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17 Oct 2018 | 10:03 AM UTC

Syria: Islamist militants refuse to withdraw from Idlib buffer zone as of Oct. 17 /update 7

“Radical” groups remain in planned Idlib buffer zone, refusing to comply with Sochi agreement by October 15; Syrian government offensive remains possible on Idlib in the near-term

security
SYR

Event

Islamist militant rebel groups - including Hay'at Tahrir Al-Sham (HTS) - have reportedly refused to withdraw from the planned buffer zone between rebel fighters and Syrian government and allied forces in Idlib province as of Wednesday, October 17, violating the Sochi agreement which stipulated that "radical" groups withdraw by Monday, October 15. A Syrian government attack on Idlib province remains possible in the near-term.

Context

The militants' refusal to leave the zone notably comes after opposition fighters fired mortar shells in the area on October 13, despite reportedly removing heavy weaponry from the zone by October 10.

In mid-September, Russian President Vladimir Putin and Turkish President Recep Tayyip Erdoğan agreed to create a demilitarized buffer zone between Syrian government and rebel forces, stretching from northern Latakia province to northwestern Aleppo province. The creation of the zone - planned to be supervised by both Russian and Turkish forces and in effect from October 15 - was anticipated to postpone a previously expected Russia-backed Syrian government offensive on rebel-held areas of the province. The deal stipulates that Islamist militant rebels and heavy weaponry must leave the area before the buffer zone is effectively implemented. The UN along with several other countries have warned that a full-scale offensive on Idlib province and surrounding rebel-held areas could result in a humanitarian crisis.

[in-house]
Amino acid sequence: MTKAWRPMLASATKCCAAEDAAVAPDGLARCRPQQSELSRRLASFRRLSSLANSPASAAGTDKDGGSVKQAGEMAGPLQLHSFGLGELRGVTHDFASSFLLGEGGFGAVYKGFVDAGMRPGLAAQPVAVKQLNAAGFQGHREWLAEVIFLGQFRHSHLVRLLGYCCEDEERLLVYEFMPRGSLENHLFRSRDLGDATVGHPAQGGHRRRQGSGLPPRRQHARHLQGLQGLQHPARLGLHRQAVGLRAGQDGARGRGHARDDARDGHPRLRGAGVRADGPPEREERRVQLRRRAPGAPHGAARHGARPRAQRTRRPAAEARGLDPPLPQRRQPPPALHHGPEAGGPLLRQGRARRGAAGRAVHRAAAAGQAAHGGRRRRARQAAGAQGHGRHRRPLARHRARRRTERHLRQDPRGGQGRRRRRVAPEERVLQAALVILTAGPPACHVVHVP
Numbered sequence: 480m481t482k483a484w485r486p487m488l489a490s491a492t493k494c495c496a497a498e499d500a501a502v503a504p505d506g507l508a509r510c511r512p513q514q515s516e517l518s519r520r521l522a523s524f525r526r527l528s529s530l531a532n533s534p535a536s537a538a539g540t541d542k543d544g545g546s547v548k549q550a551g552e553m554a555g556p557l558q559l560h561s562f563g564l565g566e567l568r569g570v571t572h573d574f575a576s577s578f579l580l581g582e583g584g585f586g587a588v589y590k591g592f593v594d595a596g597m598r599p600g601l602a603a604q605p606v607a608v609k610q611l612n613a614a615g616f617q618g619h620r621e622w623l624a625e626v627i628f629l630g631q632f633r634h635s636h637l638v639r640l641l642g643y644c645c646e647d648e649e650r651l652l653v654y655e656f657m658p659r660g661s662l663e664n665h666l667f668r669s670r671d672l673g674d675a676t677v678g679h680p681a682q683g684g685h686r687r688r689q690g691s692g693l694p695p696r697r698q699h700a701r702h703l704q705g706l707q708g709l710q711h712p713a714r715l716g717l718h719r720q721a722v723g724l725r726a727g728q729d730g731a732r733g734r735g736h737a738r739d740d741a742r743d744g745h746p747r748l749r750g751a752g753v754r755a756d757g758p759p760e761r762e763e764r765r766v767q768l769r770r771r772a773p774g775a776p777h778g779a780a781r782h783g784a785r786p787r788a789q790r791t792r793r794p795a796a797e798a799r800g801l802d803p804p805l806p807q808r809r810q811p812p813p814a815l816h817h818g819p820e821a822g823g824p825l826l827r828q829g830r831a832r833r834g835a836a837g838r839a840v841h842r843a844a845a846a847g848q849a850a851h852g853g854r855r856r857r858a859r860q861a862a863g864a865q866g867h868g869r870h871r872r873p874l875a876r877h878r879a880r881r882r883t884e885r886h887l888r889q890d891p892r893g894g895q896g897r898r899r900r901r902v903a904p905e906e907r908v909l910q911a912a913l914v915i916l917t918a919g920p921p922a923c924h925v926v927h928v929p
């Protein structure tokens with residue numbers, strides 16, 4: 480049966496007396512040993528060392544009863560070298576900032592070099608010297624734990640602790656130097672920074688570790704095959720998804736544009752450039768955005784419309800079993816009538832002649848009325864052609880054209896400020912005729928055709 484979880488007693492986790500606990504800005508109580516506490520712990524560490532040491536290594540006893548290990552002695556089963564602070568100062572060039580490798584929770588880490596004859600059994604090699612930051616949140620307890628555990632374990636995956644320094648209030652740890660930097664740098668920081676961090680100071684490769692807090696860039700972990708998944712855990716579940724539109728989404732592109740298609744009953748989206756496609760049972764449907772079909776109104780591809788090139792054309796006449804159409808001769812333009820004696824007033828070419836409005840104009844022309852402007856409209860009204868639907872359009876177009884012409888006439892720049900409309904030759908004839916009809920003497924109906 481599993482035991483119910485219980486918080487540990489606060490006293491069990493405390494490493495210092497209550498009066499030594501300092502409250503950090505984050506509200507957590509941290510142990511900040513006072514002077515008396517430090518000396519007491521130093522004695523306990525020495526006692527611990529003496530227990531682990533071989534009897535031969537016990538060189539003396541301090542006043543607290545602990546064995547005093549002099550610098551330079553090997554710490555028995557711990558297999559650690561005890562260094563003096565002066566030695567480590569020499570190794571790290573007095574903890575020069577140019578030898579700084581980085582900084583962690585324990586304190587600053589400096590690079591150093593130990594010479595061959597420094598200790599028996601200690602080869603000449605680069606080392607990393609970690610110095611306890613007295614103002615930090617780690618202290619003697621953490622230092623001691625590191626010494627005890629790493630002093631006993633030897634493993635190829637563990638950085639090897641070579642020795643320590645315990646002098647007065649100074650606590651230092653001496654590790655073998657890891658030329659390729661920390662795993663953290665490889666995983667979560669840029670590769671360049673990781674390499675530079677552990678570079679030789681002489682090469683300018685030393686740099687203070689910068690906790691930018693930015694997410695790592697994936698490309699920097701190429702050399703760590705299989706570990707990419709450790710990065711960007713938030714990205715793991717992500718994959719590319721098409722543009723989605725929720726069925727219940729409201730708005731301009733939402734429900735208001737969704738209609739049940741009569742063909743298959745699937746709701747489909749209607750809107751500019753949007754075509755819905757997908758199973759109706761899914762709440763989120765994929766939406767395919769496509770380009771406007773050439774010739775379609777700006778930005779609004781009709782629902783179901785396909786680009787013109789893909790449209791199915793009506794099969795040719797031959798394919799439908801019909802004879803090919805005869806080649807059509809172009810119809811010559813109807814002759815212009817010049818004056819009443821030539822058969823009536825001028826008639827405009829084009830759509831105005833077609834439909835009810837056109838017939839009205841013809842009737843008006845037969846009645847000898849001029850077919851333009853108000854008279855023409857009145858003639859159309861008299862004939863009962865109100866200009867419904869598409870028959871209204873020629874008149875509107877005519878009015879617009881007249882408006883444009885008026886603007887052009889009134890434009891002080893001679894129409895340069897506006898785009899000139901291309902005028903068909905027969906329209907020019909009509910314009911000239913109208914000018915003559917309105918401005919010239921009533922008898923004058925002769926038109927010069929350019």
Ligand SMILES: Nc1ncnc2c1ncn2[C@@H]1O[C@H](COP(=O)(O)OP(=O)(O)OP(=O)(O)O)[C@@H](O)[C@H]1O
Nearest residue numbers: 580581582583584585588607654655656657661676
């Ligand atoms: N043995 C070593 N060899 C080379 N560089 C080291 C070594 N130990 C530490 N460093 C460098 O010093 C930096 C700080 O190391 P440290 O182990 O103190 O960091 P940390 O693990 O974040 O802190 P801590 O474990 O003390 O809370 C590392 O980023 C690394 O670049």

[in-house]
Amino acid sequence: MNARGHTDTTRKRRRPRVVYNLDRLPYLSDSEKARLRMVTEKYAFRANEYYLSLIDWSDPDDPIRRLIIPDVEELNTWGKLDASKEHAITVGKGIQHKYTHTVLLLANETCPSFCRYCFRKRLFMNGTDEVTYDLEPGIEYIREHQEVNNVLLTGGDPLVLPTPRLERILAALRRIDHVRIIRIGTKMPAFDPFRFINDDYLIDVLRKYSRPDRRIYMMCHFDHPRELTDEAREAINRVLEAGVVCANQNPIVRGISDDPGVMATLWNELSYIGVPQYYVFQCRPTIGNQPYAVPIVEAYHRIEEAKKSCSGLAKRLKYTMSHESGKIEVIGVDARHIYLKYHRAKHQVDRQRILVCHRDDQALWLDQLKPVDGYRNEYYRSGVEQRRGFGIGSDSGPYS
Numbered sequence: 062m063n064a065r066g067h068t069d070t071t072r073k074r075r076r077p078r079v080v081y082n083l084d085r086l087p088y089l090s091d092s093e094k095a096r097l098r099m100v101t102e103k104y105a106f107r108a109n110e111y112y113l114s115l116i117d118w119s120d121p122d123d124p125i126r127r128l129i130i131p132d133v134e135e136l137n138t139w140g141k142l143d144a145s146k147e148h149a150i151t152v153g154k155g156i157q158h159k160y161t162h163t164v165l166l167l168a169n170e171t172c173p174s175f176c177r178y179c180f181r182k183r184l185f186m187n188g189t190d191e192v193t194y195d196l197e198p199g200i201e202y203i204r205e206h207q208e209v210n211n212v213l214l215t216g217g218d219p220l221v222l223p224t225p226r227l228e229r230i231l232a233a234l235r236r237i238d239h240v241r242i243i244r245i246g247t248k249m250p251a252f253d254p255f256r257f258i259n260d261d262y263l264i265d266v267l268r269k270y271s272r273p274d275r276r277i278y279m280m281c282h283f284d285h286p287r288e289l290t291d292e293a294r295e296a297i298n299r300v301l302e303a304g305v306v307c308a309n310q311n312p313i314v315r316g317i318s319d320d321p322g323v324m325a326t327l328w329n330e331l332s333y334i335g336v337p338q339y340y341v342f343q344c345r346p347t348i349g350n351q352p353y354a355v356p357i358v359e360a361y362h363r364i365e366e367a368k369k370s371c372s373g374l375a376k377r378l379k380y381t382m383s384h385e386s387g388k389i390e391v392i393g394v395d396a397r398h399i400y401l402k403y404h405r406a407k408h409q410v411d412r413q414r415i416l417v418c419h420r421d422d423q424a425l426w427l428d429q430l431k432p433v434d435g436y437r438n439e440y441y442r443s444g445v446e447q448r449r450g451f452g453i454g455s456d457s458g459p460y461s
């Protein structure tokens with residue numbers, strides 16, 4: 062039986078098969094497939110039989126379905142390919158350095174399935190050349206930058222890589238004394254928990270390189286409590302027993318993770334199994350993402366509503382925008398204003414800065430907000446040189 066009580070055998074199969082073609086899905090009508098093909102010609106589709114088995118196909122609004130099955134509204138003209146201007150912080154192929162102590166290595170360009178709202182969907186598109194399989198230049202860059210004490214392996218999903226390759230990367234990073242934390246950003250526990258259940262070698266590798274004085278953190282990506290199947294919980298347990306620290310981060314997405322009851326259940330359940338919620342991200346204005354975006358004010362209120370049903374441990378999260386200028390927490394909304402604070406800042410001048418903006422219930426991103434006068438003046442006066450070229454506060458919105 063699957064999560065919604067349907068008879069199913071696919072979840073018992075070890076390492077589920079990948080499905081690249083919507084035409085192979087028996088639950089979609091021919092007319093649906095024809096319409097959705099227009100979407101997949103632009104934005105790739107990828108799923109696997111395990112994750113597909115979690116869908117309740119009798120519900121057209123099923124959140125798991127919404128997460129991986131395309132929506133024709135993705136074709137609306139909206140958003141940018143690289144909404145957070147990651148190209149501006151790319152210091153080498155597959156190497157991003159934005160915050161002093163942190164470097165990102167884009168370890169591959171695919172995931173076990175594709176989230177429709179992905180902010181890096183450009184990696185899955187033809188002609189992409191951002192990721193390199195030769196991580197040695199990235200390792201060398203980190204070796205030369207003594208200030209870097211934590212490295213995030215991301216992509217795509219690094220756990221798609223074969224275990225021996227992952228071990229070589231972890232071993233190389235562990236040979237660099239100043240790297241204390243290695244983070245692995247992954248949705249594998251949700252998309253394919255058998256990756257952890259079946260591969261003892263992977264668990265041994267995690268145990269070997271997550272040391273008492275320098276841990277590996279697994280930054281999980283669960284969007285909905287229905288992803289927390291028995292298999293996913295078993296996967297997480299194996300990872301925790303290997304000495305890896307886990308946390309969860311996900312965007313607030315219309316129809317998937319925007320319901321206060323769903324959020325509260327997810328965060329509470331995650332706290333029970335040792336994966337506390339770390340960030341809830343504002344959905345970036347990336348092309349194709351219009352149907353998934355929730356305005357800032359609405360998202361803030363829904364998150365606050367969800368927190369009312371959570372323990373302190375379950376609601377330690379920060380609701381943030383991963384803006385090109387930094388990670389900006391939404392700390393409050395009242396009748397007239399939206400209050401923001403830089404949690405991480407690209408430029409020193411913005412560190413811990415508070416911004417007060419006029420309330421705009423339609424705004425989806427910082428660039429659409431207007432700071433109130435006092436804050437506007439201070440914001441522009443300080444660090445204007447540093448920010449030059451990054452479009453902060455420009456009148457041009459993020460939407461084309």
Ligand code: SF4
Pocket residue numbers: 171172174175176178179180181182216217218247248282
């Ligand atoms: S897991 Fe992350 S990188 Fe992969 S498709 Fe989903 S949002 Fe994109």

To date, the Syrian conflict involves many parties, including the Syrian government, the Russian government, the Iranian government, the Turkish government, a US-led coalition, and numerous armed groups on the ground (including the Islamic State) with competing goals. 

Advice

Due to extremely poor security conditions, Western governments generally advise against all travel to Syria, with some banning travel to the country. Professional security advice and support should be sought prior to any travel to Syria.

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